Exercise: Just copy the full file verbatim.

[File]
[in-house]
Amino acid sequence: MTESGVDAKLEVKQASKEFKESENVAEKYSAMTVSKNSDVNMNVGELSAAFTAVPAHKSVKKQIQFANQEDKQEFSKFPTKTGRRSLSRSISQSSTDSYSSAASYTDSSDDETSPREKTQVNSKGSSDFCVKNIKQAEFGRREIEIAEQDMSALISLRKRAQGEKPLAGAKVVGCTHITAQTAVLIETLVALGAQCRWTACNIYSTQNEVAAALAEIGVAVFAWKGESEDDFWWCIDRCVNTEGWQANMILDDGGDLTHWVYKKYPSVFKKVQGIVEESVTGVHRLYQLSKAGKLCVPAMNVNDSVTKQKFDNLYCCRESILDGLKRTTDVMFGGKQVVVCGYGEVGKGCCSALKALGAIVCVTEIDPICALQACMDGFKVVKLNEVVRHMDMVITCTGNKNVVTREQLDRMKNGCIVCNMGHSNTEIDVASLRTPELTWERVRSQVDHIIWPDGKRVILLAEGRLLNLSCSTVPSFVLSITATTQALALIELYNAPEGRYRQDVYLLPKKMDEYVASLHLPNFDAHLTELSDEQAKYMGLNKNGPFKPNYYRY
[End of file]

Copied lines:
[in-house]
Amino acid sequence: MTESGVDAKLEVKQASKEFKESENVAEKYSAMTVSKNSDVNMNVGELSAAFTAVPAHKSVKKQIQFANQEDKQEFSKFPTKTGRRSLSRSISQSSTDSYSSAASYTDSSDDETSPREKTQVNSKGSSDFCVKNIKQAEFGRREIEIAEQDMSALISLRKRAQGEKPLAGAKVVGCTHITAQTAVLIETLVALGAQCRWTACNIYSTQNEVAAALAEIGVAVFAWKGESEDDFWWCIDRCVNTEGWQANMILDDGGDLTHWVYKKYPSVFKKVQGIVEESVTGVHRLYQLSKAGKLCVPAMNVNDSVTKQKFDNLYCCRESILDGLKRTTDVMFGGKQVVVCGYGEVGKGCCSALKALGAIVCVTEIDPICALQACMDGFKVVKLNEVVRHMDMVITCTGNKNVVTREQLDRMKNGCIVCNMGHSNTEIDVASLRTPELTWERVRSQVDHIIWPDGKRVILLAEGRLLNLSCSTVPSFVLSITATTQALALIELYNAPEGRYRQDVYLLPKKMDEYVASLHLPNFDAHLTELSDEQAKYMGLNKNGPFKPNYYRY